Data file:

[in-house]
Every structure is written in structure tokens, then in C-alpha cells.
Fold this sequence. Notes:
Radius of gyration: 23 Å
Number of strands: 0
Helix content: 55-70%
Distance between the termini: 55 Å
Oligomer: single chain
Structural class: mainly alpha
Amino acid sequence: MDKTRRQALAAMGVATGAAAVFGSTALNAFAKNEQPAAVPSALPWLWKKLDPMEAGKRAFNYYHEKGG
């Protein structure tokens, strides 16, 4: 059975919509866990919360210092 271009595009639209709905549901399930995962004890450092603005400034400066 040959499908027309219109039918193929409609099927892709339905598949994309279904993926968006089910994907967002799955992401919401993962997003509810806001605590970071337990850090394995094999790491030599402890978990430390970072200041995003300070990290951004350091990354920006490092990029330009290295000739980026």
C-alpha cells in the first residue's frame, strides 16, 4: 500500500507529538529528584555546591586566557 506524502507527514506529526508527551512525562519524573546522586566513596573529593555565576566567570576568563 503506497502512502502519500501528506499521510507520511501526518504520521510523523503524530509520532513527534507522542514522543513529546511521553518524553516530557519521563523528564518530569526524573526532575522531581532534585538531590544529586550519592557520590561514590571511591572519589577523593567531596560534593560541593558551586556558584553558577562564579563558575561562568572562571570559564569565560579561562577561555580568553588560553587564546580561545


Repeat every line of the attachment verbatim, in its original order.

[in-house]
Every structure is written in structure tokens, then in C-alpha cells.
Fold this sequence. Notes:
Radius of gyration: 23 Å
Number of strands: 0
Helix content: 55-70%
Distance between the termini: 55 Å
Oligomer: single chain
Structural class: mainly alpha
Amino acid sequence: MDKTRRQALAAMGVATGAAAVFGSTALNAFAKNEQPAAVPSALPWLWKKLDPMEAGKRAFNYYHEKGG
């Protein structure tokens, strides 16, 4: 059975919509866990919360210092 271009595009639209709905549901399930995962004890450092603005400034400066 040959499908027309219109039918193929409609099927892709339905598949994309279904993926968006089910994907967002799955992401919401993962997003509810806001605590970071337990850090394995094999790491030599402890978990430390970072200041995003300070990290951004350091990354920006490092990029330009290295000739980026």
C-alpha cells in the first residue's frame, strides 16, 4: 500500500507529538529528584555546591586566557 506524502507527514506529526508527551512525562519524573546522586566513596573529593555565576566567570576568563 503506497502512502502519500501528506499521510507520511501526518504520521510523523503524530509520532513527534507522542514522543513529546511521553518524553516530557519521563523528564518530569526524573526532575522531581532534585538531590544529586550519592557520590561514590571511591572519589577523593567531596560534593560541593558551586556558584553558577562564579563558575561562568572562571570559564569565560579561562577561555580568553588560553587564546580561545